There is no doubt that 2020 was a difficult year.  It was difficult for many including those in pastoral leadership.  In fact, it was probably the most difficult year of your pastoral career (I know it was mine). 

As we enter 2021, there is an overall sense of optimism that we have turned the corner on 2020 and that things will be going back to “normal” soon.  I share that optimism, but I also want to offer a dose (maybe stronger than you would like) of realism.

I sense many of my pastoral colleagues have entered the New Year with a blinded optimism that with a New Year and a vaccine roll-out that things will be back to our 2019 normal soon.  As a result, there is a sense that if we can just hold on for a bit longer, we will survive, and things will get back to “normal.”  I fear this sentiment may be an easy pill to swallow, but it is more placebo than medicine. 

The Bad News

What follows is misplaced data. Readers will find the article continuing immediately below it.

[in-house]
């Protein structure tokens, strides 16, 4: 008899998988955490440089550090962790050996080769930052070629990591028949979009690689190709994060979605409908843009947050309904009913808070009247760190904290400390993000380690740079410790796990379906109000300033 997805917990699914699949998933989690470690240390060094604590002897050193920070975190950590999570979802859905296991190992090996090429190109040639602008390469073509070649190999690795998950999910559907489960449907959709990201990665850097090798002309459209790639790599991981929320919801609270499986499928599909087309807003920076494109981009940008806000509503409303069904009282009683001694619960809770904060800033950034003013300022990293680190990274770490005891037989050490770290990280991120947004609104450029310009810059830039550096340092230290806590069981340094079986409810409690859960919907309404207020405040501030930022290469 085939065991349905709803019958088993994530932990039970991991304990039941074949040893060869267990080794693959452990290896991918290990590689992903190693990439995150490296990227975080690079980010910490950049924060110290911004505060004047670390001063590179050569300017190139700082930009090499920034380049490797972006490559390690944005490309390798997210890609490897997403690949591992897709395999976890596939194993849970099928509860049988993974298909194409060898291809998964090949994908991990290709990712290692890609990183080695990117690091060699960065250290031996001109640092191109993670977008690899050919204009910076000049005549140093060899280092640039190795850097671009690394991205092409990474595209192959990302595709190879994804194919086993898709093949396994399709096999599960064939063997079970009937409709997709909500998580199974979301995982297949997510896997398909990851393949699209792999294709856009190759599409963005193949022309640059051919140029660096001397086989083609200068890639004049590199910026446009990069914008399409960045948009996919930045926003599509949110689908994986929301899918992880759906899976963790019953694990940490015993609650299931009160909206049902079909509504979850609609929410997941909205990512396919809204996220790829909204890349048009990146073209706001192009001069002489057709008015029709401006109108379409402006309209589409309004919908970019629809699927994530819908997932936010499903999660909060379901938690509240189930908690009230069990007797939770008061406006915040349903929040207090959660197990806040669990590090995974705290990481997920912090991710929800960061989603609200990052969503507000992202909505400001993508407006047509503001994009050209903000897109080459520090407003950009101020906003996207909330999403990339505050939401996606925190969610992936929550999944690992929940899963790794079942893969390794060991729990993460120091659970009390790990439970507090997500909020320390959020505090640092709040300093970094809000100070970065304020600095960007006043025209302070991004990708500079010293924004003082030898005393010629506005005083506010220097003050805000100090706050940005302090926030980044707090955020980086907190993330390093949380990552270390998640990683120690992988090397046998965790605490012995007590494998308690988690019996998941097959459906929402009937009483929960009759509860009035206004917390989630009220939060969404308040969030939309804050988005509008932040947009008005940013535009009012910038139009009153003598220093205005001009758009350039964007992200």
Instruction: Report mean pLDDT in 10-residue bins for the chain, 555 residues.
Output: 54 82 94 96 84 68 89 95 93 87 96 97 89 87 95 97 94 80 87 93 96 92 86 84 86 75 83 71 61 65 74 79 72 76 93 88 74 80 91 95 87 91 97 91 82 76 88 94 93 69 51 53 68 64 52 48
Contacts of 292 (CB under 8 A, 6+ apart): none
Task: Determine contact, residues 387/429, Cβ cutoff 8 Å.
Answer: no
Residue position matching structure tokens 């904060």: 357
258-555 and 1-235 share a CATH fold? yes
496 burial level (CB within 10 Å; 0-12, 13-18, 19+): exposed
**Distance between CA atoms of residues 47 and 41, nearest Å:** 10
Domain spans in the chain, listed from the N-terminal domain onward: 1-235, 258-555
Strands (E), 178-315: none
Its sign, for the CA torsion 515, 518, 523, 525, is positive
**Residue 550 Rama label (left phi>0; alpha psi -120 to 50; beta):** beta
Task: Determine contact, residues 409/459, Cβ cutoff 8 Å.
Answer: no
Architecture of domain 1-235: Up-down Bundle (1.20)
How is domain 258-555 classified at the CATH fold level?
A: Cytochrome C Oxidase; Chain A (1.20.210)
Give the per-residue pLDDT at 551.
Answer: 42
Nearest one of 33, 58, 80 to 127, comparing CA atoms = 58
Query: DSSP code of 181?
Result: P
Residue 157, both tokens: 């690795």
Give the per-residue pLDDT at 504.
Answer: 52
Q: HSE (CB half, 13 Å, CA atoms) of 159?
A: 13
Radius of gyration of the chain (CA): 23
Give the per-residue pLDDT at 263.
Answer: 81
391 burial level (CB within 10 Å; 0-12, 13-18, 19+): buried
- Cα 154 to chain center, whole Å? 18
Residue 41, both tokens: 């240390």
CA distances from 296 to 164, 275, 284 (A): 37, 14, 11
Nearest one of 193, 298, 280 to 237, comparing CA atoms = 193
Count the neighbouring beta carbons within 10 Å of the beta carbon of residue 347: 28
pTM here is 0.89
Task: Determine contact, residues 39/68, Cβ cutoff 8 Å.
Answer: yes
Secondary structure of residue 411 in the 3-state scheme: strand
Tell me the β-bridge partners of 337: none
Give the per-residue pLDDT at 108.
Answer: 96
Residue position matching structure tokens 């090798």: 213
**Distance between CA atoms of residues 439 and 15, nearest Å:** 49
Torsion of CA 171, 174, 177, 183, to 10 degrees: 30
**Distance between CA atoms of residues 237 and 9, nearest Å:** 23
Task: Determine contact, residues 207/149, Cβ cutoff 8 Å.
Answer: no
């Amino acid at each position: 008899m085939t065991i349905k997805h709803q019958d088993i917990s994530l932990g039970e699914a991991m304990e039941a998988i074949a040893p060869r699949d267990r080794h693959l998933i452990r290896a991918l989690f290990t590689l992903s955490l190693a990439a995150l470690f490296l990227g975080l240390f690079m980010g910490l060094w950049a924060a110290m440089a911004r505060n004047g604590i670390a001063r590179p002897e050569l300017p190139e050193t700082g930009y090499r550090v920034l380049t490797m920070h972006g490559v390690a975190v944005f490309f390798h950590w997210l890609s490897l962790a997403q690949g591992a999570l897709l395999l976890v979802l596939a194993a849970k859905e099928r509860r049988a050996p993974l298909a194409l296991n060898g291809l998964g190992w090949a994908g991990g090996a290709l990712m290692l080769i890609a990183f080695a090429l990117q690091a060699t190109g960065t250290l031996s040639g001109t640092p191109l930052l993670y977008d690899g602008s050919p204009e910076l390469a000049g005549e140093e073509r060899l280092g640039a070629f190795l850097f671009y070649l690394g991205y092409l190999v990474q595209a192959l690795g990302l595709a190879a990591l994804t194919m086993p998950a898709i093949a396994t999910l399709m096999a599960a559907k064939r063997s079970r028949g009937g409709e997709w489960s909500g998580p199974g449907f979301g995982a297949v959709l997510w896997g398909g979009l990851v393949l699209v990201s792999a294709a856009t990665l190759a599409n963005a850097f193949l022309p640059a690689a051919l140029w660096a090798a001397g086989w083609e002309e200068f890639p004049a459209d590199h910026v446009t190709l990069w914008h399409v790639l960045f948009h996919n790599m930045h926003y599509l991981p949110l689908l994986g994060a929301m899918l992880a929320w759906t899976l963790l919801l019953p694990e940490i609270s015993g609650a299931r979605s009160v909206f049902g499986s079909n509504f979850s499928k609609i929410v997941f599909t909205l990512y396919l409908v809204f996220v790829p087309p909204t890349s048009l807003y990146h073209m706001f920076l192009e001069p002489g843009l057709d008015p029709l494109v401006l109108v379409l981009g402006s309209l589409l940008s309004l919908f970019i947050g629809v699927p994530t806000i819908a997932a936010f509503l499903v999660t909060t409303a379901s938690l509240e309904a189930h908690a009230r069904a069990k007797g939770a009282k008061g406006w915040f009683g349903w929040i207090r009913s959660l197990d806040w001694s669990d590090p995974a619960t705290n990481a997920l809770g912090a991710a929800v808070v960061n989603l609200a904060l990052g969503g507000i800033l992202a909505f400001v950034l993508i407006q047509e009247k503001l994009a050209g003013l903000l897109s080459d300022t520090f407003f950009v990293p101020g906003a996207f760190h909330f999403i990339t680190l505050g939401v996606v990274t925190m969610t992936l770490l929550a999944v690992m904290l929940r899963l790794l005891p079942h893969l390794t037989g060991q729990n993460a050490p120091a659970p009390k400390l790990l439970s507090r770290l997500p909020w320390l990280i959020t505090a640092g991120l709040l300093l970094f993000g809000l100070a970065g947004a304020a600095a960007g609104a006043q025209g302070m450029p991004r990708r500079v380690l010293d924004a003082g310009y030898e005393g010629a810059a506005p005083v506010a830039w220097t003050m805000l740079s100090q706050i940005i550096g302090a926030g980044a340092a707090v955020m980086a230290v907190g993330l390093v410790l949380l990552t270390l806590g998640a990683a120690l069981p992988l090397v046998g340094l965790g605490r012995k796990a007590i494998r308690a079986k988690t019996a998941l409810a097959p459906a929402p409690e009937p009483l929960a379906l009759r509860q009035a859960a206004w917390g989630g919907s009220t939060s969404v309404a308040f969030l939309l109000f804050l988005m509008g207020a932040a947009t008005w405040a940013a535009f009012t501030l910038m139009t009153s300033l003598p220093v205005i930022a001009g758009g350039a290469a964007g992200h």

I think 2021 may be more difficult than 2020.  Although a new year brings optimism and vaccinations have started, we are still months and months away from getting to the other end of the virus.  We will soon enter the third wave, and just as the second wave was void of all the romanticism of the first wave (the romanticism of learning a new instrument, growing closer as a family, eating healthier, etc.), the third wave will be viewed and lived with disdain (people are not just tired but exhausted and exhausted people make bad decisions).  Conspiracies will grow in momentum (tired people want easy answers that affirm their desires).  Divisions will grow and rage will amplify (when people are exasperated, they cease to listen).  Brokenness will run rampant (marriages will fracture, addictions will rage, etc.).  Consequently, the pastoral leadership challenge will not be on the practical front (how to effectively do online ministry or in-person services with restrictions – although these are very important) but on the people front when our brokenness bleeds out.